Assassin’s Creed Odyssey is a perfectly fine game. The combat is ok. Running and jumping and climbing and assassinating is all pretty fun. The bird is kinda cool. It’s all pretty, it’s all fine. It’s the sort of thing I’d enjoy for a few hours and forget about, except for one glorious detail: playing as Kassandra the badass mercenary, has me feeling like I’m playing through an entire season of Xena: Warrior Princess.
For those of you not familiar with the warrior princess, first, I’m sorry for you, because it was amazing. It was a supremely campy (and super queer) 90s TV show starring Lucy Lawless as a very hot, butch badass warrior princess (I forget what she was the princess of, and of COURSE she had some divine blood), who traveled mythical ancient Greece with her bard/totally her girlfriend Gabrielle, fighting bad guys, solving people’s problems, and generally having a great time.
A great view of combat in Xena:
The show started out a little bit more straight 90s action-adventure, but as it progressed, it was campy as all get-out, and almost, kind of, sort of acknowledged the queerness of its heroines. Xena slept with plenty of dudes throughout the show (which, it needs to be said, wouldn’t make her not-queer), but as the 90s turned into the very-early aughts, there were more and more episodes that spilled from queer subtext. Some episodes, like Here She Comes… Miss Amphipolis explicitly dealt with queer themes. (That link goes to an episode of Xena: Warrior Podcast, a modern show that dives deep into the series.)
Odyssey, benefitting from one of the only good things of our era, lets you play Kassandra as queer as you like, if you prefer a lady (or dude, she can be straight, pan, bi, or queer!) in every port. As far as I can tell, there’s no Gabrielle stand-in, which is kind of sad, but so many other elements of Kassandra’s character and the tone of the world positively scream Xena.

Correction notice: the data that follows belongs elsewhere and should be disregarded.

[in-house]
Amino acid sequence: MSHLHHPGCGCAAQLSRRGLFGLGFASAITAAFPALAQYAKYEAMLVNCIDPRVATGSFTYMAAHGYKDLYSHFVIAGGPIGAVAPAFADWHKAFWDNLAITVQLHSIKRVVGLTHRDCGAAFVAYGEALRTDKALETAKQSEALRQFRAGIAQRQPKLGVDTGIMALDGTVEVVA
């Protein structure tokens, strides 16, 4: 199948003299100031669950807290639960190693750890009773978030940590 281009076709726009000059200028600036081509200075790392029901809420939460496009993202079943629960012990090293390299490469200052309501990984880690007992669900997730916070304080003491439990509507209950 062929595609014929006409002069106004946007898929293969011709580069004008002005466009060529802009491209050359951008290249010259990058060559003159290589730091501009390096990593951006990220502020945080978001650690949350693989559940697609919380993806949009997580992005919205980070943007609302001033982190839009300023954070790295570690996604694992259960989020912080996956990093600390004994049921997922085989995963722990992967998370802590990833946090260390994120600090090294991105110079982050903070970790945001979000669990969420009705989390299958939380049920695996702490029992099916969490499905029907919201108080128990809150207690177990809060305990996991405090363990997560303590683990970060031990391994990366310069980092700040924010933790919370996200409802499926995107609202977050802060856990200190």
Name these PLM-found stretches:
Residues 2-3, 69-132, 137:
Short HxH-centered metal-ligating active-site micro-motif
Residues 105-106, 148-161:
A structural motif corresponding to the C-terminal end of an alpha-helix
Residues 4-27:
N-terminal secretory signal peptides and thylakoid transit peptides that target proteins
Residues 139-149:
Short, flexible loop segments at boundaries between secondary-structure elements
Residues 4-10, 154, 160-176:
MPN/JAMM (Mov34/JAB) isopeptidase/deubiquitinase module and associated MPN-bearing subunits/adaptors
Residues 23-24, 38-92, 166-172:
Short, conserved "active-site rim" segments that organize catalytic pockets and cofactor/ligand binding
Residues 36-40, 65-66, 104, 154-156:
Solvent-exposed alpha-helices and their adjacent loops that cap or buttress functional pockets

The world is really pretty, a very Hollywood depiction of sun-drenched ancient Greece. I’m still in the wee hours of the game, on the first island, but it so strongly evokes the mountainous terrain and sun-kissed shores and rough-hewn towns of the show, the statues of the gods and goddesses and the call to mythical adventure, and I keep humming the theme song while playing.
Of course, it’s not the setting that has me humming, it’s Kassandra through and through. Tall, muscled, clad in a battle skirt, with an easy grin and a smirking world-weariness that Lawless portrayed pretty much perfectly back in the 90s, Kassandra is fantastic. She’s maybe my favorite big-budget protagonist in a game this year, in any game in the series, in any open-world game this side of Lincoln Clay in Mafia 3.
She’s likable, funny, and to the extent that the greatest athlete/warrior/mercenary in this particular universe can be, relatable. Kassandra just wants to chill and enjoy her life, her weird little “family” unit including a sort of daughter figure in Phoibe, her weird uncle/dad figure in Markos, the island’s resident shady used car salesman. I was happy to go about usual open-world game chores just to see how Kassandra would deal with the various characters of the towns. The bow-maker needs wood. Sure! It was worth it to see Kassandra get a little moody with her. The priestess wants a mythical spear? Ok, I’ll go to the diet version of a Tomb Raider cave and find it, so I could have Kassandra be a cool local hero.
As I'm running around the island, I keep thinking that someone on the design team that worked on the character had the player experience goal of "feel like Xena!" in mind.
Will this continue across 80 hours of gameplay? We’ll see. But for now, just playing as Kassandra is enough to keep me hooked. Even if she is (currently, anyway) lacking Xena’s signature Chakram.